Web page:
Out of Georgia…

Dmanisi Mensch

From The Times, September 9, 2009

Georgia fossil suggests key stage of human evolution was in Europe

Mark Henderson, Science Editor

A key stage in human evolution may have taken place on the fringes of Europe and not in Africa as has generally been thought, scientists said yesterday.

Fossils of an ancient human relative, or hominin, from Georgia dated from 1.8 million years ago suggest that the first of our ancestors to walk upright could have done so in Eurasia, the British Science Festival was told.

David Lordkipanidze, director of the Georgian National Museum, said the skulls, fossils and limb bones found at Dmanisi in 1999 and 2001 raise the possibility that Homo erectus, a forerunner of modern humans, evolved in Europe or Asia and later spread back to Africa. He also revealed that a fifth well-preserved skull, the most complete yet, had been discovered at the site.

Dmanisi-Mensch; Rekonstruktion von National Geographic
The Dmanisi fossils, which have been identified either as Homo erectus or a new species, Homo georgicus, have already shown ancient hominins began to leave Africa at least 1.8 million years ago, pushing back the accepted date for the first exodus from the cradle of humanity by several hundred thousand years.

This leaves two possible scenarios for a critical phase in evolution, Professor Lordkipanidze said. Either Homo erectus could have evolved in Africa and then spread to Asia and even Europe, or a more primitive relative might have left Africa and evolved into the more upright, advanced species in Eurasia. “We all agree the first appearance of humans was in Africa but when they left and started global colonisation is a debatable issue,” Professor Lordkipanidze said.

“The prevailing view before Dmanisi was that they left about a million years ago, and had sophisticated tools and quite advanced anatomy and brain capacity. What we’re finding is different.

“The story begins in Georgia. It was always thought the Champions’ League of human evolution took place in Africa, and Europe was in the second league.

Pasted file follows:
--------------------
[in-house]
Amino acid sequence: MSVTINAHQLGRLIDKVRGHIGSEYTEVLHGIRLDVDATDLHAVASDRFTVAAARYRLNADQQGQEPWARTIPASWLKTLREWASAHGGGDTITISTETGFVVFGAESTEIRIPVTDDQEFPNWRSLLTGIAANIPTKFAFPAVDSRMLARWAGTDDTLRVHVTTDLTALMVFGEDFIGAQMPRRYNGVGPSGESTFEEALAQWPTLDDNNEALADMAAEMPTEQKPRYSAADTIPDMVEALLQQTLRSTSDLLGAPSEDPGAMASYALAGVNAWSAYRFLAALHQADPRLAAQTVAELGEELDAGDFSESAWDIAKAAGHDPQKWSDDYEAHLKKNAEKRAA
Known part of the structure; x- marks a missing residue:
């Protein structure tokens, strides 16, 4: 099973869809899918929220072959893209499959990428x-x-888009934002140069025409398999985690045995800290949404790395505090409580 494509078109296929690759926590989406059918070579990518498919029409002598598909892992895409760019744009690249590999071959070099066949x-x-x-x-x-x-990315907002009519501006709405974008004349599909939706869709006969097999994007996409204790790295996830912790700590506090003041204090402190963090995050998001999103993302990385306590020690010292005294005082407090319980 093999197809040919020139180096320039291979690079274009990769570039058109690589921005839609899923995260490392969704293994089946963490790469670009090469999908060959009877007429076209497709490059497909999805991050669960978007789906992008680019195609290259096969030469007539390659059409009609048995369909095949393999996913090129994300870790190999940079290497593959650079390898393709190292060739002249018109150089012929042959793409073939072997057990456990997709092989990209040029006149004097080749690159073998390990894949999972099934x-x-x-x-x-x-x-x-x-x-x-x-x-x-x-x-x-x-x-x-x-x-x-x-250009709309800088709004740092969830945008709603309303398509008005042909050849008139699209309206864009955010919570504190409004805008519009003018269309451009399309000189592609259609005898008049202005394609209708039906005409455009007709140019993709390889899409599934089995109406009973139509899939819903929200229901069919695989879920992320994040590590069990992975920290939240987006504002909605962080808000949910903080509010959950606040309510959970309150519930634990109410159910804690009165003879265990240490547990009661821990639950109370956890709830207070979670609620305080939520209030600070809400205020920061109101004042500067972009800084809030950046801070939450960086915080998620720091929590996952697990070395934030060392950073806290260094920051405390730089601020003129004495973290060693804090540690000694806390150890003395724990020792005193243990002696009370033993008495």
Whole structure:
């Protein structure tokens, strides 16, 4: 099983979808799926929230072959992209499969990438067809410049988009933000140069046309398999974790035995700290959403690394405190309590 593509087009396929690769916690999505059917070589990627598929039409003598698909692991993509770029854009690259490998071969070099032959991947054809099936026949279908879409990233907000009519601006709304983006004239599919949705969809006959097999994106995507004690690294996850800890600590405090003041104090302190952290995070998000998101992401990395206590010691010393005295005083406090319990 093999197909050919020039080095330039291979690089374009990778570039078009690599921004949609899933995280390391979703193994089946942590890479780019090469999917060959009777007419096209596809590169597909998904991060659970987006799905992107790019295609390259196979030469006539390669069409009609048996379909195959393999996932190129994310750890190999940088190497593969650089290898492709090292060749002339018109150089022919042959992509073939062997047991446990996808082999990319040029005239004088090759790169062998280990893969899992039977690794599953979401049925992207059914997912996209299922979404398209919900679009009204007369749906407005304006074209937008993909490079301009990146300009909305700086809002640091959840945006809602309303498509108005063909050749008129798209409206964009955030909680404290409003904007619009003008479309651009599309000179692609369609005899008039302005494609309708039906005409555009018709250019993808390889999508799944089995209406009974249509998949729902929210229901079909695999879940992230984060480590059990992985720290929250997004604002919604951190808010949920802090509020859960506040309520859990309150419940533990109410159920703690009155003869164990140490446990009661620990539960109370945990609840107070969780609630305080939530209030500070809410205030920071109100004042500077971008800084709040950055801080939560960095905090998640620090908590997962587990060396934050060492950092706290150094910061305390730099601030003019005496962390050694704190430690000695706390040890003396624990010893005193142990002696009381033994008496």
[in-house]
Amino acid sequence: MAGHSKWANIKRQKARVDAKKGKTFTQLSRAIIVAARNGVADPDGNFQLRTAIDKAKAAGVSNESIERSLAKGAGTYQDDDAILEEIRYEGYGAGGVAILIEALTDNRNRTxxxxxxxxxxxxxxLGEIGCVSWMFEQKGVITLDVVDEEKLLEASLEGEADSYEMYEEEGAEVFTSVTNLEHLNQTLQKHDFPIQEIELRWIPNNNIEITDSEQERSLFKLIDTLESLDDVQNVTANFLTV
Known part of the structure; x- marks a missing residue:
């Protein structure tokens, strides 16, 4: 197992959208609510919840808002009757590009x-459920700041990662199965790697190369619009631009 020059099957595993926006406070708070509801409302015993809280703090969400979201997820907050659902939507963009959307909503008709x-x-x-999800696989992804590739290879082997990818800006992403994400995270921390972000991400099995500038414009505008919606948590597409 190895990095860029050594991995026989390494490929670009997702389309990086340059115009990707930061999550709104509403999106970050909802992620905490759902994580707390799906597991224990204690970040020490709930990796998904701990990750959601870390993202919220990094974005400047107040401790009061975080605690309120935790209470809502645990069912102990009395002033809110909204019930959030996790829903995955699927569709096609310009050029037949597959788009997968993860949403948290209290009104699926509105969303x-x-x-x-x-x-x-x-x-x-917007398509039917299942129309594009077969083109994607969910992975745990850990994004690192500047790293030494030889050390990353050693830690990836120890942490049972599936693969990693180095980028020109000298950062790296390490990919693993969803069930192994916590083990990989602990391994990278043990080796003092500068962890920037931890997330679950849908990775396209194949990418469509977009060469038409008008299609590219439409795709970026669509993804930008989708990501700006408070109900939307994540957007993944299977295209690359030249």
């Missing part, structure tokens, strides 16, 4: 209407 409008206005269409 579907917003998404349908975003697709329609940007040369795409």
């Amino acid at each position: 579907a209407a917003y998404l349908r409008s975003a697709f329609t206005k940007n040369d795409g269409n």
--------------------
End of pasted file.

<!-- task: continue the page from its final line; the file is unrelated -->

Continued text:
Dmanisi in Georgien

"What we are finding changes this. The question is whether the origin of Homo erectus is in Africa or Eurasia? This looked quite stupid a few years ago, and if you asked the question people thought you were a little provocative.

“Today it seems not so stupid. There is a possibility Homo erectus originated in Eurasia and it’s not impossible to think they spread back to Africa.” Modern Homo sapiens evolved from this African population much later, about 200,000 years ago, before beginning a second exodus from Africa about 60,000 years ago.

Chris Stringer, head of human origins at the National History Museum in London, said: “There must have been a primary dispersal out of Africa prior to the date of the Dmanisi fossils, which does raise the question of where Homo erectus evolved. There could certainly have been an Asian phase in human evolution, with Homo erectus later spreading back to Africa.”

He added that there were intriguing similarities between the Dmanisi fossils and the more recent hominins recently discovered at Flores in Indonesia — the diminutive species Homo floresiensis and nicknamed “hobbits”. “The possibility exists the primary dispersal gave rise to the Dmanisi fossils and the hobbits,” Professor Stringer said.

dmanisi  man

Advertisements

~ von Panther Ray - September 9, 2009.

Kommentar verfassen

Bitte logge dich mit einer dieser Methoden ein, um deinen Kommentar zu veröffentlichen:

WordPress.com-Logo

Du kommentierst mit Deinem WordPress.com-Konto. Abmelden / Ändern )

Twitter-Bild

Du kommentierst mit Deinem Twitter-Konto. Abmelden / Ändern )

Facebook-Foto

Du kommentierst mit Deinem Facebook-Konto. Abmelden / Ändern )

Google+ Foto

Du kommentierst mit Deinem Google+-Konto. Abmelden / Ändern )

Verbinde mit %s

 
%d Bloggern gefällt das: